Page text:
NEW DELHI // Today's resumption of talks between India and Pakistan coincides with a strategic shift in the region, with Pakistan rounding up a series of high-level Taliban commanders, and the founder of the group behind the 2008 Mumbai attacks advocating dialogue between the two adversaries.
"I never said no to dialogue - that is propaganda. I have always talked about having open dialogue, but it needs to be productive, it needs to obtain results," Hafiz Mohammed Saeed, the founder of the militant Kashmiri group Lashkar-i-Taiba (LiT), told Al Jazeera. Analysts said support for talks from a militant group with links to the Pakistan army confirms Islamabad's commitment to resolving the Kashmir issue.
Energetic diplomatic efforts by the United States to ease its exit from Afghanistan have brought Delhi and Islamabad back to the table after a 14-month diplomatic freeze, and the renewed dialogue comes just two weeks after the Pakistani military arrested Mullah Abdul Ghani Baradur, second-in-command to Afghan Taliban leader Mullah Omar, along with three other major Taliban leaders. But the renewed dialogue also follows an explosion that killed nine people on February 14 in Pune, near Mumbai. And on the eve of the talks, India accused Pakistani border guards in Kashmir of firing on Indian positions across the Kashmir border and injuring a guard. Pakistan denied any firing from its side of the border.
Few expect any major breakthroughs today, with the two sides unable even to agree on what to discuss. Delhi is insisting that terrorism be dealt with first, while Islamabad wants all issues, most importantly Kashmir, on the table immediately. But the fact that India and Pakistan are talking at all is a positive development, and reflects US determination to bring the two sides together. "It is good to be back," Pakistani Foreign Secretary Salman Bashir said as he arrived in New Delhi yesterday before talks with his counterpart, Nirupama Rao, behind closed doors today. "I have come here to bridge the differences [and] I am hopeful of a positive outcome."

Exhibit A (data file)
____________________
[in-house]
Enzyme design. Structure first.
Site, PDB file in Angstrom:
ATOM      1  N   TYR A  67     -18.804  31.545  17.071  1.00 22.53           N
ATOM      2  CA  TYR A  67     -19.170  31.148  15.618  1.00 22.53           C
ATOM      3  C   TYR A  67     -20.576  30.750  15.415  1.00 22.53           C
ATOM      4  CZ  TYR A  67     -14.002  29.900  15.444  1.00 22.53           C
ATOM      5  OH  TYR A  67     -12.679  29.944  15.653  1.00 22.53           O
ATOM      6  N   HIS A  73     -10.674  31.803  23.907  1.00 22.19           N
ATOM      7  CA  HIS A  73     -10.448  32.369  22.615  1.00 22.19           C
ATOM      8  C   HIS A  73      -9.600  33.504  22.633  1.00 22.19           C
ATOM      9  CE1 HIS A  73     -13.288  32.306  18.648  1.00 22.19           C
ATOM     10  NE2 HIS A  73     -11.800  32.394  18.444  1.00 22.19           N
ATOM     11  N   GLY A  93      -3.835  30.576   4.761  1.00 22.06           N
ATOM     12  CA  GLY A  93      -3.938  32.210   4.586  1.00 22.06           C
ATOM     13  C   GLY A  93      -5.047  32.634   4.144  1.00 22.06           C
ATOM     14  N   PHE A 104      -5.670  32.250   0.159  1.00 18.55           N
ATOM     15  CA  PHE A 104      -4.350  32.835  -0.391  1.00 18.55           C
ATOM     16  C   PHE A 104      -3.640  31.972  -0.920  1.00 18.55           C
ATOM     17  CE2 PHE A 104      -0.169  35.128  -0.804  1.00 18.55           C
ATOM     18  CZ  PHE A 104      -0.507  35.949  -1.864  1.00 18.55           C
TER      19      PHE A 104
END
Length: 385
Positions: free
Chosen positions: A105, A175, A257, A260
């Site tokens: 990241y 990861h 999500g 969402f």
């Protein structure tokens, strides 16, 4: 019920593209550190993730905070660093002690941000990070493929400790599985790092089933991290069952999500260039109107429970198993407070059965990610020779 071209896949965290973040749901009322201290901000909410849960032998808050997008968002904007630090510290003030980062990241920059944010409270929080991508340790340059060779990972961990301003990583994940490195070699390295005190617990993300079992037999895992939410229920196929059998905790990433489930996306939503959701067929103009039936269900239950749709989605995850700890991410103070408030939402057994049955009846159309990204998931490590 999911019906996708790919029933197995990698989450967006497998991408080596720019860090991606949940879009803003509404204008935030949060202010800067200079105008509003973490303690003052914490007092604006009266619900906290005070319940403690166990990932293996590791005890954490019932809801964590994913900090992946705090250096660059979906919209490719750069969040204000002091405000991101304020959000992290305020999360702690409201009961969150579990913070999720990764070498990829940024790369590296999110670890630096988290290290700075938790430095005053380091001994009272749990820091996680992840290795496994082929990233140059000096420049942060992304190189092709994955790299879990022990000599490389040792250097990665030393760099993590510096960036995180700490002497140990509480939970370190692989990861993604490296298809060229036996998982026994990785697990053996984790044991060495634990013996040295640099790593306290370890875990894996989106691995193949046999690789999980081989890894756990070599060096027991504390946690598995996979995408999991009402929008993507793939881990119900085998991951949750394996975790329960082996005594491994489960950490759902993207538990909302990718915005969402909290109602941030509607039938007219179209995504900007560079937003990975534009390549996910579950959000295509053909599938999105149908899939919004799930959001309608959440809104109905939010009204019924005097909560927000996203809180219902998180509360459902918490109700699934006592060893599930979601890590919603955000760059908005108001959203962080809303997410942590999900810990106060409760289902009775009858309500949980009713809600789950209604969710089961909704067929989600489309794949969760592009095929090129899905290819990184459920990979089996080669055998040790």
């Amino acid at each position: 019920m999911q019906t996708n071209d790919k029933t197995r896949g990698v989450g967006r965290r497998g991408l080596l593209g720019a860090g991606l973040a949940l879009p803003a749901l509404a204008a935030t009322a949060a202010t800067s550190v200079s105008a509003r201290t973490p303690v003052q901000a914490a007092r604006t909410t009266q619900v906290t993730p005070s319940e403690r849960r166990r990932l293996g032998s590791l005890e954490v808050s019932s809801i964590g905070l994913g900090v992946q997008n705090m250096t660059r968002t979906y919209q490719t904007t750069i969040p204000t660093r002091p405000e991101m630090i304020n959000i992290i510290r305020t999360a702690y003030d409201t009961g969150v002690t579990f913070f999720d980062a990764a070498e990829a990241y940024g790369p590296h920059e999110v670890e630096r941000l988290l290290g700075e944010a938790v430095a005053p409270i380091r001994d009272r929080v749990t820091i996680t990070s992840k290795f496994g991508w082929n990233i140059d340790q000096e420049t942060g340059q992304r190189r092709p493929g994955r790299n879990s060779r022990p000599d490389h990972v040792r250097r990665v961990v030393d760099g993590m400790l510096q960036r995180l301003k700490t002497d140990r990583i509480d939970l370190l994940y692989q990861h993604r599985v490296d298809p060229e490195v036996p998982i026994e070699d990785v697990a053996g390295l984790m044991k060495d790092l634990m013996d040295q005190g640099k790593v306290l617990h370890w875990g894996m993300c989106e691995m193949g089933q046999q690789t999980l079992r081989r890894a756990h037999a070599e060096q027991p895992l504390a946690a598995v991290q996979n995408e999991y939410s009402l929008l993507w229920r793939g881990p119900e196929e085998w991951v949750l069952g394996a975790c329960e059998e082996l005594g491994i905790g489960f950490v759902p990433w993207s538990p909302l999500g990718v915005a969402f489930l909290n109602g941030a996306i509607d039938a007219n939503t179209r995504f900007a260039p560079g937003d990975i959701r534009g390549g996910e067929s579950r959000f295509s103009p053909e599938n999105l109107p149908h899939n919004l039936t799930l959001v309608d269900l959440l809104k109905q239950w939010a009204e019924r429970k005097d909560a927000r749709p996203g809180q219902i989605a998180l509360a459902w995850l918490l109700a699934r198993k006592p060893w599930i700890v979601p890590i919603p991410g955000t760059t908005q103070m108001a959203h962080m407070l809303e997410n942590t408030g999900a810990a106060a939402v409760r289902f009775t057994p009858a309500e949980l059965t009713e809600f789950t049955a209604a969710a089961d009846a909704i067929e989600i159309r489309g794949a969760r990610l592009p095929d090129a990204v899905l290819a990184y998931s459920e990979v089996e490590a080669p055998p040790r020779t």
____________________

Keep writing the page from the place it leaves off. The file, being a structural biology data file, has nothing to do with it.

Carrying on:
"You have to see this in the context of the American war in Afghanistan," said Syed Saleem Shahzad, a political analyst based in Islamabad. "Pakistan and India will sit together only because the talks were mediated by the Americans. But they are realising they have a common enemy, which is al Qa'eda, which is aiming to stir things up and destabilise the region." Indian analysts agreed that US diplomacy is starting to bear fruit. "I am discerning a slight, a marginal shift as far as Pakistan is concerned," said Major General Ramesh Chopra, a self-described hawk.
Maj Gen Chopra said Pakistan's arrest of four major Afghan Taliban leaders indicates a greater willingness to work with the US to stamp out militant groups on the Afghanistan border and reduce its focus on India in the east. In return, it hopes to minimise Delhi's influence in Afghanistan, perhaps by playing a crucial role in reconciling the Taliban with Hamid Karzai's government in Kabul. Inder Malhotra, former editor of the Times of India newspaper, confirmed that India had come under intense pressure to talk to Pakistan, but he said the implications of recent events were not yet clear.
"Something has happened, but I don't think we here in India have been able to figure out yet what the significance of it is," he said. "The United States has been telling us, 'Please don't give them an opportunity, by refusing to talk, by creating a conflict. They can then say there is nothing they can do on the western front.' So I am afraid India has no answer to that at the moment." Mr Shahzad said the support for talks from LiT parrots the official Pakistani position, but it does not mean that the risk of an attack in India is reduced.
The arrests of the Afghan Taliban leaders has persuaded militant groups along the Afghan border to cut all ties with their longtime sponsors in Pakistan's intelligence services and their position has now hardened in favour of al Qa'eda, Mr Shahzad said. This makes an attack inside India more likely - and creates greater impetus for both India and Pakistan to continue talking regardless of another event.
On the eve of the talks, India accused Pakistani border guards of firing on Indian positions across the Kashmir border and injuring a guard. Most observers warn not to expect anything out of today's talks beyond an agreement to meet again at a later date, but even Indian hawks such as Maj Gen Chopra seem to think talks are a good idea - which in itself is a positive development. "Nothing will be achieved, but I am a general who has fought four wars and either you negotiate or you go to war, so I would recommend negotiation," he said. @Email:firstname.lastname@example.org